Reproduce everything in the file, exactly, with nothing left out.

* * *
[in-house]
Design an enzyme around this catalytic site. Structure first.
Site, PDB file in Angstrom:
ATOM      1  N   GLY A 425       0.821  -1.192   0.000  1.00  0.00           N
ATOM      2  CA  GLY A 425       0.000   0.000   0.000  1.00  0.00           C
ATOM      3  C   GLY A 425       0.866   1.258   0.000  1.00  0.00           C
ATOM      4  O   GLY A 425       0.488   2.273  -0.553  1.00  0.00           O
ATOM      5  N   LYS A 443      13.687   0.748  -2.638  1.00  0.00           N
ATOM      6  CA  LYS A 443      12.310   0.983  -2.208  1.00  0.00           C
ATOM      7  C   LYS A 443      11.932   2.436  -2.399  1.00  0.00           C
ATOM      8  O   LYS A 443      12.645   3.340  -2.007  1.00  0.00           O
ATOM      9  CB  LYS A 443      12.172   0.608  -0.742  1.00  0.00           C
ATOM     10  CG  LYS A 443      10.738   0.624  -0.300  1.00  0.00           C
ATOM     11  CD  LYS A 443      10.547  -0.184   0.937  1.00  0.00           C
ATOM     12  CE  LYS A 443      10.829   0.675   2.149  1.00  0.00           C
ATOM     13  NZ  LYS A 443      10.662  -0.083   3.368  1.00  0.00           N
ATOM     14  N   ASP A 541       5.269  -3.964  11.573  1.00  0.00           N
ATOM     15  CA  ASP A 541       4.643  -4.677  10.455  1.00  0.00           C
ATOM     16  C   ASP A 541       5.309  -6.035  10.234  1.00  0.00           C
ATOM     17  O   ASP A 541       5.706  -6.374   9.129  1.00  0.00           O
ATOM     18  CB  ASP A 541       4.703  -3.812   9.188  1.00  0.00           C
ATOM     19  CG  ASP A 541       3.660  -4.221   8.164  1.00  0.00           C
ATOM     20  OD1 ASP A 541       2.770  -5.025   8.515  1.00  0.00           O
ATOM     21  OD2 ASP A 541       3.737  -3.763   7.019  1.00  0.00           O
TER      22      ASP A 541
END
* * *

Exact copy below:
[in-house]
Design an enzyme around this catalytic site. Structure first.
Site, PDB file in Angstrom:
ATOM      1  N   GLY A 425       0.821  -1.192   0.000  1.00  0.00           N
ATOM      2  CA  GLY A 425       0.000   0.000   0.000  1.00  0.00           C
ATOM      3  C   GLY A 425       0.866   1.258   0.000  1.00  0.00           C
ATOM      4  O   GLY A 425       0.488   2.273  -0.553  1.00  0.00           O
ATOM      5  N   LYS A 443      13.687   0.748  -2.638  1.00  0.00           N
ATOM      6  CA  LYS A 443      12.310   0.983  -2.208  1.00  0.00           C
ATOM      7  C   LYS A 443      11.932   2.436  -2.399  1.00  0.00           C
ATOM      8  O   LYS A 443      12.645   3.340  -2.007  1.00  0.00           O
ATOM      9  CB  LYS A 443      12.172   0.608  -0.742  1.00  0.00           C
ATOM     10  CG  LYS A 443      10.738   0.624  -0.300  1.00  0.00           C
ATOM     11  CD  LYS A 443      10.547  -0.184   0.937  1.00  0.00           C
ATOM     12  CE  LYS A 443      10.829   0.675   2.149  1.00  0.00           C
ATOM     13  NZ  LYS A 443      10.662  -0.083   3.368  1.00  0.00           N
ATOM     14  N   ASP A 541       5.269  -3.964  11.573  1.00  0.00           N
ATOM     15  CA  ASP A 541       4.643  -4.677  10.455  1.00  0.00           C
ATOM     16  C   ASP A 541       5.309  -6.035  10.234  1.00  0.00           C
ATOM     17  O   ASP A 541       5.706  -6.374   9.129  1.00  0.00           O
ATOM     18  CB  ASP A 541       4.703  -3.812   9.188  1.00  0.00           C
ATOM     19  CG  ASP A 541       3.660  -4.221   8.164  1.00  0.00           C
ATOM     20  OD1 ASP A 541       2.770  -5.025   8.515  1.00  0.00           O
ATOM     21  OD2 ASP A 541       3.737  -3.763   7.019  1.00  0.00           O
TER      22      ASP A 541
END